We southerners aren’t that stupid
THE maxim which declares that flattery will get you anywhere has a measure of truth about it but it can be overdone. I thought that the other day when a letter with an incomplete address arrived at The Comet. It was from a lady up north in Yorkshire who c
THE maxim which declares that flattery will get you anywhere has a measure of truth about it but it can be overdone.
I thought that the other day when a letter with an incomplete address arrived at The Comet.
It was from a lady up north in Yorkshire who claimed to be "very proud of Stevenage".
To be so admiring of the town, she must know it, I reasoned.
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This seemed to be confirmed when she went on: "It's a beautiful town.
"Its residents are kind and friendly." Many of them are, I agree, but not all (evidence Stevenage Leisure Park on a Saturday night).
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But I begin to suspect that the lady writer may not be basing all she says on fact when she continues: "Stevenage Town Hall (didn't know it had one by that name) is a spectacular building of architectural triumph and amazement!"
If she really thinks that is an apt description of the boring if not ugly 1960s built steel and glass Daneshill House then I reckon she needs to see an optician.
There's no stopping her now as she enthuses: "Stevenage has lots of great shops, cafes, restaurants, bars and taverns. It's rich in history (only since 1946 for much of the place, actually), there's loads to see and do (tell that to the kids hanging around on the streets) and it's a smashing place to visit." (Has she ever, I wonder).
She begins to get round to what she wants when she states that the singer Marty Wilde comes from Stevenage and his real name is Reg Smith.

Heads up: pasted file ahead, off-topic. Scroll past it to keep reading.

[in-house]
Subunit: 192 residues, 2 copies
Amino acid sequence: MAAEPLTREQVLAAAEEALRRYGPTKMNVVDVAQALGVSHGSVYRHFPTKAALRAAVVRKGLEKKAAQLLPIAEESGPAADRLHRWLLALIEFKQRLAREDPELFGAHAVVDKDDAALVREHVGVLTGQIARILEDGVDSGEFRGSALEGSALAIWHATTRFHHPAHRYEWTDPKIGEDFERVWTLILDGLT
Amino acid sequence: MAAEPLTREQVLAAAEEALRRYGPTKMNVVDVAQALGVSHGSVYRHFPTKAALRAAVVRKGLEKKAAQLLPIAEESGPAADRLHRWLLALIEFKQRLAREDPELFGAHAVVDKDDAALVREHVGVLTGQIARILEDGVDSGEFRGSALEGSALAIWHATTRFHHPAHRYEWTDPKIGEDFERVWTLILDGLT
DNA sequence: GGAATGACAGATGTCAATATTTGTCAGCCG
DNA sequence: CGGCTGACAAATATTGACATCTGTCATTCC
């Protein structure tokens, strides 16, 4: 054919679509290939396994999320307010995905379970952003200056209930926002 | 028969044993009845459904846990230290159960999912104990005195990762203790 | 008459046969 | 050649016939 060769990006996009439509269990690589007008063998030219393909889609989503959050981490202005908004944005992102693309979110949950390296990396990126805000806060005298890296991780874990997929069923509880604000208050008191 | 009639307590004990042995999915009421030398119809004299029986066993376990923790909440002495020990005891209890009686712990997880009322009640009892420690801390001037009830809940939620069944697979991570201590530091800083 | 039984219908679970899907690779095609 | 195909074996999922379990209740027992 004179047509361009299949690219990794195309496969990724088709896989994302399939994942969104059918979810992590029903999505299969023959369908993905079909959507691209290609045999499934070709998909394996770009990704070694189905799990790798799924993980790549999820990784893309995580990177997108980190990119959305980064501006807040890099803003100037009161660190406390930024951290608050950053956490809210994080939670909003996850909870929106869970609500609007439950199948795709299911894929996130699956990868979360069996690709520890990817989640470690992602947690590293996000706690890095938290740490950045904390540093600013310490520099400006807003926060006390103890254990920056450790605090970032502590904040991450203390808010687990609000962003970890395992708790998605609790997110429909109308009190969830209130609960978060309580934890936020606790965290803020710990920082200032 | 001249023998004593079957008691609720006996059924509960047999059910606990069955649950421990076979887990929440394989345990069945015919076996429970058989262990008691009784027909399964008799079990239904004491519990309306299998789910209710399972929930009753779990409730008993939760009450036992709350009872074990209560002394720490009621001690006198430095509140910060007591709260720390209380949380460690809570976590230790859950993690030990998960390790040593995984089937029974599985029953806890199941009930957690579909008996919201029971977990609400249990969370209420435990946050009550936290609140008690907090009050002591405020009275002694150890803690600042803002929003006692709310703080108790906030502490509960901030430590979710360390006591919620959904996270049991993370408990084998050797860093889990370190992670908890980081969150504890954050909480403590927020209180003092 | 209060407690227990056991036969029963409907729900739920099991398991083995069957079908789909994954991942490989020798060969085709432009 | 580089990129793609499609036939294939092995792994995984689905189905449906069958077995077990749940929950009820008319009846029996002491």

The name is right but Reg/Marty never lived in Stevenage. He was born in London and after becoming a 50s/60s rock and roll star and gaining the trappings of fame he moved to Tewin where he still resides. Maybe he occasionally goes shopping in Stevenage but usually the nearest he gets to the place is Knebworth Golf Club where he has long been a member.
After mentioning other singers and composers who have nothing to do with Stevenage, the lady finally gets to the point: she is on the lookout for music in several formats plus original "authentic" signed photos and recordings, ephemera and memorabilia from a bygone musical age "in good clean condition" (a phrase often used by those who trade in them). Such items could be worth a fair bit of money but she is quite clear that she is not prepared to pay but wants people to donate them to her.
Come off it, love, we're not as soft as some may think north of Sheffield.
Perhaps she thinks she has a way with words which are, of course, my stock in trade.
And for that reason I was interested in some research conducted by Reading University scientists.
They identified some of the oldest words in the English and other Indo-European languages.
Dating back thousands of years were "I", "we", "two" and "three". What they didn't mention but I spotted straight away was that they could also have come across the earliest known poem.